My team has been having compression(?) issues on our intakes for months now. We don’t have much time to troubleshoot, as our Robotics club is an hour-long class every school day, including set up and cleanup. Since our bot has been built, we have struggled to pick up more than 4 cubes, despite rebuilding our intakes countless times and recently doing an almost complete rebuild. I have been taking our robot home each night to troubleshoot and have tried moving our intakes closer together, putting more rubber bands on the hinges to keep the intakes closer together, changing tray angle and position, and changing the gearboxes on the motors to no avail. We have our final competition coming up next week. Help! See attached
It seems like your intakes are simply not grabbing the cubes once you have 4-5 in your tray. If you have tank tread upgrade kits (the ones with the grippy tread), try adding some of that - the extra grip might help you grip the cubes better. Also, your intakes are moving too far out on their joint - have you tried making it a static joint so that the intakes can’t bounce as much (as they do in the video)?
When you intake a cube, look and see how much the cube is spreading your arms apart. If its spreading them apart alot then you should try bracing your arms at the base of the arms to stop them from spreading apart too much. That should hopefully fix your problem.
How could I make this a static joint? The arms move so we can place cubes in towers and the intakes have to move out of the way to allow us to stack cubes. I’ve been struggling coming up with a solution that allows the arm to still freely move but not move too much as to not grip the cubes. My last resort before the competition is to remove this entirely and just direct mount the intakes, removing the ability to put cubes in towers.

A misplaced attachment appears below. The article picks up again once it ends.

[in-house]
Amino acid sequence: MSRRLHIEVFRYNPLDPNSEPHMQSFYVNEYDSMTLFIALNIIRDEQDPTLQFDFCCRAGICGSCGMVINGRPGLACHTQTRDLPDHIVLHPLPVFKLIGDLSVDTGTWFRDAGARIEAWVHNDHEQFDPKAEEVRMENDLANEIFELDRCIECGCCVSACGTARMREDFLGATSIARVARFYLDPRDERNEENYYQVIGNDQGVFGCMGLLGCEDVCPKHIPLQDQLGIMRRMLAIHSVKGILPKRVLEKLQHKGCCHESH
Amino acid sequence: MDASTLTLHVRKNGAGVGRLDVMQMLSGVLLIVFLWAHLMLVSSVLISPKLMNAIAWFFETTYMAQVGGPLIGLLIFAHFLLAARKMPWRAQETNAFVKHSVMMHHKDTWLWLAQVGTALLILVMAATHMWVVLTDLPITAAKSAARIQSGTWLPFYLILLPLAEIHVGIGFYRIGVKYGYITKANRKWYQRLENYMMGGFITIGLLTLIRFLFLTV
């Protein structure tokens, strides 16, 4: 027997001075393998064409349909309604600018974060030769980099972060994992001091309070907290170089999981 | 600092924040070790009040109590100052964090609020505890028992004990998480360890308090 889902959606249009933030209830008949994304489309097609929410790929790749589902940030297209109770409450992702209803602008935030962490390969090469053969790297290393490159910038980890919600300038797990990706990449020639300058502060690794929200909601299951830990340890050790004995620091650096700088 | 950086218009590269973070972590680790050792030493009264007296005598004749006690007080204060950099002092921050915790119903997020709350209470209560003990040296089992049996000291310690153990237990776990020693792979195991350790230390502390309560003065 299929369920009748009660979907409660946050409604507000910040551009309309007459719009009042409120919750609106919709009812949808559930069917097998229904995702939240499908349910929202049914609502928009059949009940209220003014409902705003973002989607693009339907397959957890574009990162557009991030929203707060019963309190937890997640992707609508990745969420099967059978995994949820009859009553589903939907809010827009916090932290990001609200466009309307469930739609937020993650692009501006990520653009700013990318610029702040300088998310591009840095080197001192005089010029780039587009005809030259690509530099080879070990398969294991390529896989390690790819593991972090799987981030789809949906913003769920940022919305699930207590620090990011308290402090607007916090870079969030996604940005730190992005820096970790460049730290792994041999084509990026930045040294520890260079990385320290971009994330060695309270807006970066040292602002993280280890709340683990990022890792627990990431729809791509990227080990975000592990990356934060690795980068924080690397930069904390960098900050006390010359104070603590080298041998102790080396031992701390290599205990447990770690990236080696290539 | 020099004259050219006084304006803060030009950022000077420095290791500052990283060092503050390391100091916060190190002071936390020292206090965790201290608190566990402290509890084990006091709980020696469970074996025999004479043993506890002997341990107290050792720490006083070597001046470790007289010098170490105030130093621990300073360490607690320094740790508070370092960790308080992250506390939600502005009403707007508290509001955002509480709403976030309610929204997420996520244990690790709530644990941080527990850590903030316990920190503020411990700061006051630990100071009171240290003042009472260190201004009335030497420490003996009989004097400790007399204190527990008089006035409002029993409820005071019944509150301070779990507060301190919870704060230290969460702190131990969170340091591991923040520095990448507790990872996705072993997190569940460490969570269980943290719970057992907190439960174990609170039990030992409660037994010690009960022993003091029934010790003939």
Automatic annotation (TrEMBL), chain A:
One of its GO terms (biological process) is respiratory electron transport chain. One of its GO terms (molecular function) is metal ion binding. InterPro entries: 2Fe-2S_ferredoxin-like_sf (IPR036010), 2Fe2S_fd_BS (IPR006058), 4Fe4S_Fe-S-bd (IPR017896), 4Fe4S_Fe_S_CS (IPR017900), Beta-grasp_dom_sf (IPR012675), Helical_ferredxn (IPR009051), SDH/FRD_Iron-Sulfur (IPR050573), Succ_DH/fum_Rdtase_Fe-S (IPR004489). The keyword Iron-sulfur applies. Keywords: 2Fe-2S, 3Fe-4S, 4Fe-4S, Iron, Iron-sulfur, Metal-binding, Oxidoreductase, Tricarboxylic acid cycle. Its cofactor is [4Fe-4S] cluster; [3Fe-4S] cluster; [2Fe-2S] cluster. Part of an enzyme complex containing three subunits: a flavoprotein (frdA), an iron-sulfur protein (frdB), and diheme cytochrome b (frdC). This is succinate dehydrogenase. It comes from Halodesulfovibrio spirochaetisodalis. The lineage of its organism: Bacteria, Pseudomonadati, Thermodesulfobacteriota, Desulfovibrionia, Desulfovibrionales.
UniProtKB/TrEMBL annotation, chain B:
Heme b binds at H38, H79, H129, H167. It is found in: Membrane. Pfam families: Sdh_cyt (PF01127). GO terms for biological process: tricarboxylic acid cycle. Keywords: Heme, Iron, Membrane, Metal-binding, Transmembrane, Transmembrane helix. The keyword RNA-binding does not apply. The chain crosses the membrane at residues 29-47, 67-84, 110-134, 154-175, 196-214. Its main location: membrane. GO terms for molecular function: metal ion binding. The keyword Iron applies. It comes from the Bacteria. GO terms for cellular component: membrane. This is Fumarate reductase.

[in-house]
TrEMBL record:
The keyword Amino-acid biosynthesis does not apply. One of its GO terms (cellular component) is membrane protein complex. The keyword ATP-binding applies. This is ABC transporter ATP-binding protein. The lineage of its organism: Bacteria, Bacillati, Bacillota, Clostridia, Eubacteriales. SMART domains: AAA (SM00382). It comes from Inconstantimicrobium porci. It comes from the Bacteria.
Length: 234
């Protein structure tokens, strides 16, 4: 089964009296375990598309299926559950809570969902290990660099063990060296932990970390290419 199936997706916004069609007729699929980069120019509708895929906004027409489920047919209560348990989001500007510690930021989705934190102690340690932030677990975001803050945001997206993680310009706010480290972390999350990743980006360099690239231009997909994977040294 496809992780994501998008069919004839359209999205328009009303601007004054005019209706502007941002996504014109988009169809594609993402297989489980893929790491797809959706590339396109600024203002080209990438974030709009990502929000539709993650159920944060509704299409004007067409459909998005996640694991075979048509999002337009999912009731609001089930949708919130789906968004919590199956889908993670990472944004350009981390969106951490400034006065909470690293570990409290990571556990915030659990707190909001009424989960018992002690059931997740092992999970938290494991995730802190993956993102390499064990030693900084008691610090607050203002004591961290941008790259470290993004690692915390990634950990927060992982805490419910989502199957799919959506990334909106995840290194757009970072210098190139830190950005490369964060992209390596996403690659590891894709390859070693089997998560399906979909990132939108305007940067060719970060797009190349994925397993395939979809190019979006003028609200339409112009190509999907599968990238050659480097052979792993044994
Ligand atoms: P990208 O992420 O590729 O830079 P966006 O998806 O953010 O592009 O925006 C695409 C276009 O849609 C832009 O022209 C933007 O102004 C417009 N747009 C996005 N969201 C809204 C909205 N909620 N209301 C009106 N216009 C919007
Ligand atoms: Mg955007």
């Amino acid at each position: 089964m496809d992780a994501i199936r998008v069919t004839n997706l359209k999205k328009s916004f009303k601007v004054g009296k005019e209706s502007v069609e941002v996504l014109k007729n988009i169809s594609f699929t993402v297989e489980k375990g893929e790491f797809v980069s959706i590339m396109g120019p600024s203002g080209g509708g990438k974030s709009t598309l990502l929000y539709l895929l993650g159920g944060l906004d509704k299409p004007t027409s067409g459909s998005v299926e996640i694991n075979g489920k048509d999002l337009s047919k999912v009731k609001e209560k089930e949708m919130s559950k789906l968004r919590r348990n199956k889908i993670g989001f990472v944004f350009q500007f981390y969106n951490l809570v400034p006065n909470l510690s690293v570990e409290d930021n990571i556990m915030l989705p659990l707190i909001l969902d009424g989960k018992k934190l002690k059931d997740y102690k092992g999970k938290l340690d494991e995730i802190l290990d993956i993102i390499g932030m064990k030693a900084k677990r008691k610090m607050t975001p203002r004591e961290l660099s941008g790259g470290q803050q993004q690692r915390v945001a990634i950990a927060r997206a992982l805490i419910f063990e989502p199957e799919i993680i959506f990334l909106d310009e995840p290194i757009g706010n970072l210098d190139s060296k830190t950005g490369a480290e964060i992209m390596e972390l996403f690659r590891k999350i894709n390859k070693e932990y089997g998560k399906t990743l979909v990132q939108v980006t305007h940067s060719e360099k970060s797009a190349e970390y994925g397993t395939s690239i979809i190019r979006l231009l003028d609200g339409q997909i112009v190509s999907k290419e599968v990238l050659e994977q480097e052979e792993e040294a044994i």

@vrc Interesting. I’m not sure how I’d implement this into my design, but I’ll take my bot home and try it out tonight.
Hmmm. I think, if you don’t want to rebuild your intakes again, you should lessen the sitting angle of your tray. Less resistance to gravity. Also, get the rubber tank treads, and brace your arms.
We have rubber tank treads which I will definitely put on my robot tonight. I might be able to move the pivot of our tray forward a little bit so that should lessen the angle by a few degrees and possibly make it exactly parallel to the intakes. By bracing the arms, is it what VRC mentioned above or some other method?
Can your arms lift? If so, then create barriers on the outside of the arms, as near as you can to the intake, but don’t screw them to the arms. A plate or standoffs would work.
Alternatively, if your arms don’t lift, screw them to a mount, again, as close as you can to the intake.
Our arms do lift. What I’m mostly worried about is when I move the arms down, it will hit or be outside of the barrier
Could I have images of the entire robot?
I was pinged? That is my video, yes.
Plates and standoffs.
Thanks, but not really understanding what the picture is trying to show me: here’s a better angle
Your tray is way too steep. They’re literally lifting the cubes straight up.
Blue - plate
Yellow - standoff
Mirror onto the other side
Remember to lessen resting angle of the tray. Reduce gravitational resistance.
Planning on changing this now. Is the angle of my intakes still too steep or should I go shallower than that?
Intakes should be parallel with tray, if not a bit shallower. So if I’m looking at the image correctly, yes, it’s too steep.
Better. Not the ideal angle but it will work